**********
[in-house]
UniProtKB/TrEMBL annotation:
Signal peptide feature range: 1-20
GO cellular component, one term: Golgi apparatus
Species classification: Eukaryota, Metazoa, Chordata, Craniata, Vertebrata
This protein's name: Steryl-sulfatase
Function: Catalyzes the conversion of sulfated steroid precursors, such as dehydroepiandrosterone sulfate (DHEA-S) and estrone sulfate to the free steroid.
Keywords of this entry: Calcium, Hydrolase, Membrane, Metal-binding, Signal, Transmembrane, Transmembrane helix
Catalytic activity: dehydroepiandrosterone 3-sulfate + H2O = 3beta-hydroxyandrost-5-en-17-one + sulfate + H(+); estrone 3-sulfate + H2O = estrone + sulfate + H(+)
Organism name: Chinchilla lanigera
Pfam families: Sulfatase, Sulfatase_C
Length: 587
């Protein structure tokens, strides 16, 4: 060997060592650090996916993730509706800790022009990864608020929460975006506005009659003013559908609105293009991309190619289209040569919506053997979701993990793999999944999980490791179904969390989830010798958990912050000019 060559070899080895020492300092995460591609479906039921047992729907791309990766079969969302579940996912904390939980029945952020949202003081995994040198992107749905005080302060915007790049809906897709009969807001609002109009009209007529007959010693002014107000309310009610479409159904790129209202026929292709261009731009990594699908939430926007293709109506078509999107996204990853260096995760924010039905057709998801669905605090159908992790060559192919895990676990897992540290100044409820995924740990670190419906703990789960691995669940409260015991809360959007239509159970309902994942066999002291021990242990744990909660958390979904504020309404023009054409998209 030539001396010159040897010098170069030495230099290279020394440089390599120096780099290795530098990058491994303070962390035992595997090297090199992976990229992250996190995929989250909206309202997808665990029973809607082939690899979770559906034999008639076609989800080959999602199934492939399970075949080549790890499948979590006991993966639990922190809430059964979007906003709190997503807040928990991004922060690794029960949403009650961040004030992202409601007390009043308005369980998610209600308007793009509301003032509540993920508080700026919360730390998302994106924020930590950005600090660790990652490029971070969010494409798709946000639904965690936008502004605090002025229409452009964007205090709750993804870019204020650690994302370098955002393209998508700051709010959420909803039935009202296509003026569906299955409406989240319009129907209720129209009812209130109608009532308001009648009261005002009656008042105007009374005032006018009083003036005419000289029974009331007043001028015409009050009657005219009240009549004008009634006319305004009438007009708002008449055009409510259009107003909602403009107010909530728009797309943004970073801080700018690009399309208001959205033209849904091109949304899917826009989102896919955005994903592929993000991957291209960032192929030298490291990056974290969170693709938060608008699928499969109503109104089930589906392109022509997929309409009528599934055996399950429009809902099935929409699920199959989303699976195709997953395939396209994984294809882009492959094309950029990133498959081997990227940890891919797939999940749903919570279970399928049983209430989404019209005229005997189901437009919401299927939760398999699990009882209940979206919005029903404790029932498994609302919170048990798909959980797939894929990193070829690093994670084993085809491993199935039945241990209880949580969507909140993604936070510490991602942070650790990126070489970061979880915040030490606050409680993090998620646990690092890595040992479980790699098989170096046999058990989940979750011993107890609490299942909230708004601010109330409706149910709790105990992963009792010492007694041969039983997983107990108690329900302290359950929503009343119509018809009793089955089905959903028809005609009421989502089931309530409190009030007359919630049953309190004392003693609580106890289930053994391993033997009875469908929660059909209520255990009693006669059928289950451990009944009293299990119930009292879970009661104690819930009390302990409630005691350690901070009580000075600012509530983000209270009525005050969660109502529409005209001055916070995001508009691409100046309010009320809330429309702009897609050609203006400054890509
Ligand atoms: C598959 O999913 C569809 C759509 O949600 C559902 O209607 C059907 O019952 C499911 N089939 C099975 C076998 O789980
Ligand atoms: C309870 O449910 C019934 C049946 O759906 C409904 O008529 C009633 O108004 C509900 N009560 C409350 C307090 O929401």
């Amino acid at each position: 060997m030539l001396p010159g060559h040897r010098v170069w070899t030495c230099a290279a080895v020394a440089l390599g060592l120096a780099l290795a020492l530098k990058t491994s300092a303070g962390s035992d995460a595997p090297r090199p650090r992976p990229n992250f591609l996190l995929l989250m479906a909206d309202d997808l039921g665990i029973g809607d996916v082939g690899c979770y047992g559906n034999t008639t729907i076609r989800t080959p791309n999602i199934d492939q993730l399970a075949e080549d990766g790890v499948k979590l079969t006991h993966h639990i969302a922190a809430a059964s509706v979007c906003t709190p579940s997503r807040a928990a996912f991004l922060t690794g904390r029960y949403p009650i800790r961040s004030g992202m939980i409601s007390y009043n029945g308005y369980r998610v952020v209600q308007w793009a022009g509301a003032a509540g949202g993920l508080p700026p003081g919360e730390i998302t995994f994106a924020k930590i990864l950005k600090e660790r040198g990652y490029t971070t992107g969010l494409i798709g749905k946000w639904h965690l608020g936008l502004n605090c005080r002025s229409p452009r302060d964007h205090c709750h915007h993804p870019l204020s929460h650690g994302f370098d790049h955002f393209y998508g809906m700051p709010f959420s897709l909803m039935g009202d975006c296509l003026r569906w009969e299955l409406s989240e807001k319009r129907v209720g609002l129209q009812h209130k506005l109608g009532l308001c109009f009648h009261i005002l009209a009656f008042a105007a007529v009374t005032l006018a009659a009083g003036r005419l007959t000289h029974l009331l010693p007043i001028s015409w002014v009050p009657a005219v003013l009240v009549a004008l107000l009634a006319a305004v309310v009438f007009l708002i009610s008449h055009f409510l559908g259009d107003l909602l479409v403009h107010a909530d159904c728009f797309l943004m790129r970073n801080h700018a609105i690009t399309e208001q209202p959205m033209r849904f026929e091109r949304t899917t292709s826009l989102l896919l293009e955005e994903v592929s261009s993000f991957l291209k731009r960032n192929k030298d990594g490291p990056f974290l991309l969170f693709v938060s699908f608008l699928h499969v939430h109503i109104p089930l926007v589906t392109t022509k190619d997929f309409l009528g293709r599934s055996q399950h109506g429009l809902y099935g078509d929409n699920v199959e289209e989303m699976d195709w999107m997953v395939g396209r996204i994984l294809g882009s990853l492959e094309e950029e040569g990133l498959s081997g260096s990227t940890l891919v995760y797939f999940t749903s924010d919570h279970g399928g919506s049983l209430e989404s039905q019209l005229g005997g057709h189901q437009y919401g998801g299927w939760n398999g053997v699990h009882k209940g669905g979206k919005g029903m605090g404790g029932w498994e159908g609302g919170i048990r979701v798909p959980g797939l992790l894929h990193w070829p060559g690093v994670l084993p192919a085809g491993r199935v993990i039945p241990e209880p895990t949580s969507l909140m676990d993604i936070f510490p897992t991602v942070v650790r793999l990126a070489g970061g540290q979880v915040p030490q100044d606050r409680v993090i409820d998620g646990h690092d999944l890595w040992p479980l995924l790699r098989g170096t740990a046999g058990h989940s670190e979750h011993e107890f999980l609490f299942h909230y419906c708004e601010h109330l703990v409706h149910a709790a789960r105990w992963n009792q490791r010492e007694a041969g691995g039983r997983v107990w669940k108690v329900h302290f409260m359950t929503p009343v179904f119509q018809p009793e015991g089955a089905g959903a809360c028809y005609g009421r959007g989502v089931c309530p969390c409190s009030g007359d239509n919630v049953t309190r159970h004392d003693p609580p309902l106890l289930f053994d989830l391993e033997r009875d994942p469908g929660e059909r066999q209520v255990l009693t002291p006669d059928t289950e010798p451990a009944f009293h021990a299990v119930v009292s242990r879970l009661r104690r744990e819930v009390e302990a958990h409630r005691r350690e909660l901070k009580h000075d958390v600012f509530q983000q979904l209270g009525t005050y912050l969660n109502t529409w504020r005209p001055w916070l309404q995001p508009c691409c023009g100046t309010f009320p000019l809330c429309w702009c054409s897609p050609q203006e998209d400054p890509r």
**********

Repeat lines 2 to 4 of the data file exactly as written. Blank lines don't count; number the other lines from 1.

UniProtKB/TrEMBL annotation:
Signal peptide feature range: 1-20
GO cellular component, one term: Golgi apparatus